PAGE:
The holy maple bar: Notes on an afterlife, without religion

While lack of religion is freeing in many ways, I also came to understand the holes in people that faith could fill

Published March 18, 2023 7:30PM (EDT)

Maple Bar Donut (Getty Images/Garrett Aitken)
Maple Bar Donut (Getty Images/Garrett Aitken)

After the dead lizards have been plucked out by the long-necked net, my aunt and I take seats in the reclining plastic chairs next to the pool outside her house. It is the last week in June and my time in Starkville, Mississippi, has taught me the true definition of heat, the heavy weight of humidity.

My cousins slice through the dampness hanging in the air and rush toward the pool. The oldest, his eyes towards the sky, asks my aunt if there will be rain. She tells him maybe, and that if so, she'll have to bring them inside.

The youngest, a preschooler at a local Catholic school, closes her eyes and clasps her hands in prayer. Just over the joyful hollers of her brother, I hear her words slip out into the thick air: Please, Grandma, don't let it rain today. Please Grandma. I want to play outside. Don't let it rain. She holds the tender moment for a second, then joins her brother in joyous celebration of cool water against hot skin.

I ask my aunt if her daughter prays to her grandmother often and she nods. When I ask my cousins what they know about her, they list off dozens of details about her life.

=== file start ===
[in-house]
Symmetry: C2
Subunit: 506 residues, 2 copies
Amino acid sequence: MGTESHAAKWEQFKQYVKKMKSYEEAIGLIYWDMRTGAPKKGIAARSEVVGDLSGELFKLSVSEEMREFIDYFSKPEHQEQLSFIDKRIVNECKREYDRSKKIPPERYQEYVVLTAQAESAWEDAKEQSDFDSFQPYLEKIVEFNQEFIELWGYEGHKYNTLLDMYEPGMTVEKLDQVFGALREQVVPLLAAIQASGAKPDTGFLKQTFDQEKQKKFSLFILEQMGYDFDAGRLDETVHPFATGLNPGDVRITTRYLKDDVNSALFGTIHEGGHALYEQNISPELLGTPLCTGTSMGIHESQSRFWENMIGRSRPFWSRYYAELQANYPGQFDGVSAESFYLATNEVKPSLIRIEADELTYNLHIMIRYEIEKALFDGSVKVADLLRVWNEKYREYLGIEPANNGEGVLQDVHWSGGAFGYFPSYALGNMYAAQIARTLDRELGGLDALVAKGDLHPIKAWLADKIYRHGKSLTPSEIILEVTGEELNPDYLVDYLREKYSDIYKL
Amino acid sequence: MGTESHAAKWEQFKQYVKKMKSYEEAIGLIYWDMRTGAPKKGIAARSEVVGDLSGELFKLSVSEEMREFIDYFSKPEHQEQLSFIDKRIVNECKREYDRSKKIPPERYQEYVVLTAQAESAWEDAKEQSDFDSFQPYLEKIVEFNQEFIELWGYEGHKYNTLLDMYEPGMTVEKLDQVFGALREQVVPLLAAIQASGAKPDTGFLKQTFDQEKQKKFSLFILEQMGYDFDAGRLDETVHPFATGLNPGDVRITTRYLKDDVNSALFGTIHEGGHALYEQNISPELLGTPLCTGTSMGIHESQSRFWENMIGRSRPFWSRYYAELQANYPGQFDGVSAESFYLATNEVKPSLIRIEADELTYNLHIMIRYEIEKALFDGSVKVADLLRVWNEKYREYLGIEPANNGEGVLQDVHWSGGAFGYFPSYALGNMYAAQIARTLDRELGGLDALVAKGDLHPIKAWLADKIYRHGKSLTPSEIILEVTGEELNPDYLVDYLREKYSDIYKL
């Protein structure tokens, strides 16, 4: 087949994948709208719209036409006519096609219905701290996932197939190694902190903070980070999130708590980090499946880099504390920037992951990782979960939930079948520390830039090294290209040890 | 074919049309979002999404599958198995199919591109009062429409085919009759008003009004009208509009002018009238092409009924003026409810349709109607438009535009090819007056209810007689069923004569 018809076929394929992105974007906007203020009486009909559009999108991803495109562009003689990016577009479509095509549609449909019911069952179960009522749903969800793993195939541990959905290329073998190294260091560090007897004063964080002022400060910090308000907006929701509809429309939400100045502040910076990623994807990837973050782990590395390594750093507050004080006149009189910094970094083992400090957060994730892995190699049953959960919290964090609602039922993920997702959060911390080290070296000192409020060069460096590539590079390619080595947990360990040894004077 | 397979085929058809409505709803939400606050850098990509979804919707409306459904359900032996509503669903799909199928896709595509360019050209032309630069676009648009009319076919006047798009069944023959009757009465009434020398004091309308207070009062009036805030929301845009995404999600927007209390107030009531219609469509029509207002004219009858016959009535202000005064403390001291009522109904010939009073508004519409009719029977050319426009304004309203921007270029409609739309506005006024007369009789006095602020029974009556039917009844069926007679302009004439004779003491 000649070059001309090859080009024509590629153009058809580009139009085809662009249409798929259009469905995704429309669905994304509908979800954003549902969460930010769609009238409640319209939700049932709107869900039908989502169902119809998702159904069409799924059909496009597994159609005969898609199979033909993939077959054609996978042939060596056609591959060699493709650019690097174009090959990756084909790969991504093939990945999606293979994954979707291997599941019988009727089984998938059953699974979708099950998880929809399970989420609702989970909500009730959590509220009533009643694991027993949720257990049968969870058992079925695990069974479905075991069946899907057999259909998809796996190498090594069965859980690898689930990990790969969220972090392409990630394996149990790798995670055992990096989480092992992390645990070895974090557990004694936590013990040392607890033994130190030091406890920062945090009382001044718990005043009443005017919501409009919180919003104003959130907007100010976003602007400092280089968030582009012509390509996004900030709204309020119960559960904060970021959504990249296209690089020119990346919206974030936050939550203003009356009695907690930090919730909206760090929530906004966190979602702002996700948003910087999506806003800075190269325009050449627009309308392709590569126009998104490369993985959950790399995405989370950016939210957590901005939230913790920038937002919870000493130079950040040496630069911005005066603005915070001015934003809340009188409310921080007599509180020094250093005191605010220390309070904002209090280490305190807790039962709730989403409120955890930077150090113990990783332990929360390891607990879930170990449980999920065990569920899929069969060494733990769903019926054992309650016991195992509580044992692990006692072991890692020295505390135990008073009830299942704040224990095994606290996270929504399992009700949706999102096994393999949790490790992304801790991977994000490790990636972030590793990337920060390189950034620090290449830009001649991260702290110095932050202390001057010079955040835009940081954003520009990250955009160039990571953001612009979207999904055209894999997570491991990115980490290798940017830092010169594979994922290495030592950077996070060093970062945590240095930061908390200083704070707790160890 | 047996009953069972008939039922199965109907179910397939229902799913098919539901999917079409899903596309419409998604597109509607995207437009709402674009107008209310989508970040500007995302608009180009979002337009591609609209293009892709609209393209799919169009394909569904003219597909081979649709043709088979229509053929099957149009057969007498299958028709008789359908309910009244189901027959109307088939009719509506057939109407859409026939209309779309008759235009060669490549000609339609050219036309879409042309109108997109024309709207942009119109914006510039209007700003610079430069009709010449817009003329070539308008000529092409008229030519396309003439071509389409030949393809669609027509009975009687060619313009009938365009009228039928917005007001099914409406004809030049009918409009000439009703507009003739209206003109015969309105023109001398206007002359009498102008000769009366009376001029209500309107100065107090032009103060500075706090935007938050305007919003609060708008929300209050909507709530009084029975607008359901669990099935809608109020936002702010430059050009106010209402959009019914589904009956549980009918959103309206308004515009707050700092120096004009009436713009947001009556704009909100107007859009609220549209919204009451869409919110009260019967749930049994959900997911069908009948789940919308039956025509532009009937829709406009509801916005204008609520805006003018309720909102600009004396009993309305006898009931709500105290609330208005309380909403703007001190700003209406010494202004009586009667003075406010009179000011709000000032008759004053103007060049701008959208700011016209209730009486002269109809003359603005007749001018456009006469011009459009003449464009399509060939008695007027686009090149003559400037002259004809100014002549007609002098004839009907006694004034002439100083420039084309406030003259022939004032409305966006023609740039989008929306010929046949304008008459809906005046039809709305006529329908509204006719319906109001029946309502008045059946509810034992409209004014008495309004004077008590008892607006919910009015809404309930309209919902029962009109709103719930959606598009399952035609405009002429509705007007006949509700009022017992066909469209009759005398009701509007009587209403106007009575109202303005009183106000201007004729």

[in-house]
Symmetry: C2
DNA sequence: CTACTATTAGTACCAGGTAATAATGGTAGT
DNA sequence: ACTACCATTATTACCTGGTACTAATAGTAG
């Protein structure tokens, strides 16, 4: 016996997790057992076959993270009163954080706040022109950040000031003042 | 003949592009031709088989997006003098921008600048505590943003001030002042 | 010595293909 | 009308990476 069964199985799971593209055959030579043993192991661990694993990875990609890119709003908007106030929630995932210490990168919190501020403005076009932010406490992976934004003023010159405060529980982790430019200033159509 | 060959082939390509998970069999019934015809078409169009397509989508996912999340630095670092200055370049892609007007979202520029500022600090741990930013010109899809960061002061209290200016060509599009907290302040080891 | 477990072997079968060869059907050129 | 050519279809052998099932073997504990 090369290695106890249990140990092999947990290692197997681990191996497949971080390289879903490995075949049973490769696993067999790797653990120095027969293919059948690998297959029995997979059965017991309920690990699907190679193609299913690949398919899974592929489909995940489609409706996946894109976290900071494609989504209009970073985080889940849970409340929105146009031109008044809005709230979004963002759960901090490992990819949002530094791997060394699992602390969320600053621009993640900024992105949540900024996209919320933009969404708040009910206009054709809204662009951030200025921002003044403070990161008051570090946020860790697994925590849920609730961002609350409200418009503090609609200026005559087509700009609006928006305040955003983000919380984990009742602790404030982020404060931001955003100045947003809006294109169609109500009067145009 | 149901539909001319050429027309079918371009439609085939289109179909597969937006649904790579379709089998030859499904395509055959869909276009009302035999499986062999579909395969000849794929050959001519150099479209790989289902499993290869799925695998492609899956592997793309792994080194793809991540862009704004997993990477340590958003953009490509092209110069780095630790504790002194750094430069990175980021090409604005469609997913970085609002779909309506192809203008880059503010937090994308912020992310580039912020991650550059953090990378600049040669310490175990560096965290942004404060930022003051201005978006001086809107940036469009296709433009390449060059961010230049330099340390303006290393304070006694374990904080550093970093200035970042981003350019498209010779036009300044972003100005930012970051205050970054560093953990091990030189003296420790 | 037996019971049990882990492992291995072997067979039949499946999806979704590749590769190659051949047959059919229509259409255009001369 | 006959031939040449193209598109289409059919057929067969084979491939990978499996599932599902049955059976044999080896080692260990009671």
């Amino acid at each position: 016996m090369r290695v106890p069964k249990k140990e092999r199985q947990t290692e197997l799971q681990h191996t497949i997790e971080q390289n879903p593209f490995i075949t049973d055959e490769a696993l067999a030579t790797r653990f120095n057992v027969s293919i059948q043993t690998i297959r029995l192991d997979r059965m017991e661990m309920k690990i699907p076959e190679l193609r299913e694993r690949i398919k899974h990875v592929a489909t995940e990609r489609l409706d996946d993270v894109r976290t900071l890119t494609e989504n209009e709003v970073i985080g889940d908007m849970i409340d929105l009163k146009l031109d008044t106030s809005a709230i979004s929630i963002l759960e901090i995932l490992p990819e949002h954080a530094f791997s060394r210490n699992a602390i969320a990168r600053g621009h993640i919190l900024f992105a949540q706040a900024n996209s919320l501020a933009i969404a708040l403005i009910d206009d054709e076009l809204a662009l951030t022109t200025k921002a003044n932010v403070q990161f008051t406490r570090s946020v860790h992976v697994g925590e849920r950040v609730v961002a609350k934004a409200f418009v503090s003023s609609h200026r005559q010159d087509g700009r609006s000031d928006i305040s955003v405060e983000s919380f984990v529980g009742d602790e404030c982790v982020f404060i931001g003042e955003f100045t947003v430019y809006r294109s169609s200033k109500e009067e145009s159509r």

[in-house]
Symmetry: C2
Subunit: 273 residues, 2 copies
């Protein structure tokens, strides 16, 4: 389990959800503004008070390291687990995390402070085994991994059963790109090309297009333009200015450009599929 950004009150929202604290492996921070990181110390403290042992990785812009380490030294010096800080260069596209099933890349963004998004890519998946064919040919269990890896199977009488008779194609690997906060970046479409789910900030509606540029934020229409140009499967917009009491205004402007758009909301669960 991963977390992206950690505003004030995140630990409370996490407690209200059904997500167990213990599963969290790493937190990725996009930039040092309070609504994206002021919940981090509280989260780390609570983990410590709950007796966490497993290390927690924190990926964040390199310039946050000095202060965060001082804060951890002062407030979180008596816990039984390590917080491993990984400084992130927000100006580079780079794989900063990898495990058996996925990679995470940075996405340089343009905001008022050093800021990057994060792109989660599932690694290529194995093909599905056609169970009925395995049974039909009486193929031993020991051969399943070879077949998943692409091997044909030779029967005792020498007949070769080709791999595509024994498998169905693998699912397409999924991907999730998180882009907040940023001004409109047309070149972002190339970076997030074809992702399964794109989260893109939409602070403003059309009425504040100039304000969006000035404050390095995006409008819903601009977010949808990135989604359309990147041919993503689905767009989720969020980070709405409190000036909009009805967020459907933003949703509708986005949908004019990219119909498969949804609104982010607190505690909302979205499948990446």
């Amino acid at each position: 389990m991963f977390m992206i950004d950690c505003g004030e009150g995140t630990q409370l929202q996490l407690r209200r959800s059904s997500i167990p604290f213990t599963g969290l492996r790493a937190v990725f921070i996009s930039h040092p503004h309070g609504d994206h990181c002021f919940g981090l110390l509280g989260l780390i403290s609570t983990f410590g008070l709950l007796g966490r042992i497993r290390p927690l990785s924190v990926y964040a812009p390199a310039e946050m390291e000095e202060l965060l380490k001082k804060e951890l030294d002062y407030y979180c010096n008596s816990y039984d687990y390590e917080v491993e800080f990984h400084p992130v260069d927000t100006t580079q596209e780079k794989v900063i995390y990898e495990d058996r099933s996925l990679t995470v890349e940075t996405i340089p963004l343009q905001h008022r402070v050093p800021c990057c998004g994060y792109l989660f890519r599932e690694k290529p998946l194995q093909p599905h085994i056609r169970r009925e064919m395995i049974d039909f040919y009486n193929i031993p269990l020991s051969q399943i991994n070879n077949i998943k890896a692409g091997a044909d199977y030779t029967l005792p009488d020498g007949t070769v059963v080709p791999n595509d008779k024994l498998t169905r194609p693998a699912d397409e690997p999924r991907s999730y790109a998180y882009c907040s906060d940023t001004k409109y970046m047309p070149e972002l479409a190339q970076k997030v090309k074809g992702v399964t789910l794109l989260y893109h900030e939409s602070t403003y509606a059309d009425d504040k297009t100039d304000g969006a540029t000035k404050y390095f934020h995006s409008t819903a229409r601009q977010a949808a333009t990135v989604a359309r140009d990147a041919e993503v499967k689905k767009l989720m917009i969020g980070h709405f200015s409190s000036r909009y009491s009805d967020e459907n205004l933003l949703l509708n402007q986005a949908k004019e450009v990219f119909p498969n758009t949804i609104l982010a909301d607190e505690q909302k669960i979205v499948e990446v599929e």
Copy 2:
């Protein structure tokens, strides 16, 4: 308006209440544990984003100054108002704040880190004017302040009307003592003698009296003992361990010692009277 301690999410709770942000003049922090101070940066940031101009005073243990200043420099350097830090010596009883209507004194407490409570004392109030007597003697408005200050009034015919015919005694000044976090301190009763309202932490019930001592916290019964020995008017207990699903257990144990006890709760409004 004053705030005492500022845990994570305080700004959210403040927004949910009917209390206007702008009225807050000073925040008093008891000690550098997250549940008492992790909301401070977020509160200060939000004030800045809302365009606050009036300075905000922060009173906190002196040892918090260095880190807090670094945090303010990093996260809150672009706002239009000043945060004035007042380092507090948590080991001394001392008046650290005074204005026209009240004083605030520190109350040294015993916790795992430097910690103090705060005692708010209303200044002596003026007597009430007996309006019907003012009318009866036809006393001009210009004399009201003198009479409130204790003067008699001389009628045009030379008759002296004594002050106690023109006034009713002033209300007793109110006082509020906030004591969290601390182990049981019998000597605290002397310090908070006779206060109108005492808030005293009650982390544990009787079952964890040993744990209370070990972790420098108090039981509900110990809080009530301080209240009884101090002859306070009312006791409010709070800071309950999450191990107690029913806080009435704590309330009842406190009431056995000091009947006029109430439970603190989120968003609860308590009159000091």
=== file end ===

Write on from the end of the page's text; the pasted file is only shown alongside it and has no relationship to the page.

While the lack of religion was freeing in many ways, I also came to understand the holes in people that faith could fill.

She was a Spanish teacher. She used to take her students on yearly trips to Mexico for language immersion. She was from Ames, Iowa. She loved to drink Pepsi and eat maple bar donuts. She screamed the loudest at my uncle's high school wrestling matches and skipped church to watch the Bears play on Sundays. She loved fiercely and deliberately and would have given anything to see them both in the world.

Our grandmother has been gone for 14 years, but to see her talked about by children born years after her funeral, it doesn't seem like it's been 14 weeks. 

Coming out as bisexual was, in many ways, easier for my family to swallow than saying that I had given up on their faith. Obama-voting Christians, they at least knew a few lesbians. A life without religion, even in the Christmas-and-Easter-only traditions my family kept most of my childhood, felt unimaginable. 

While the lack of religion was freeing in many ways, I also came to understand the holes in people that faith could fill. When the world burned or you failed in grand and fantastic ways, I imagined there being a comfort in knowing that if you were to die you would go to a better place, and that no matter how you failed, even your God was waiting to forgive you.

As an adult, I started to gather the things around me that felt holy, felt true, and lashed them together into something that felt honest and durable, reaching out toward what others found in their religion.

* * *

I carve through the roundabouts and accelerate again quickly, hoping to catch the store's hours posted online. I'm in pajamas, having given up on the day, before I took a look at the calendar and jumped in the car.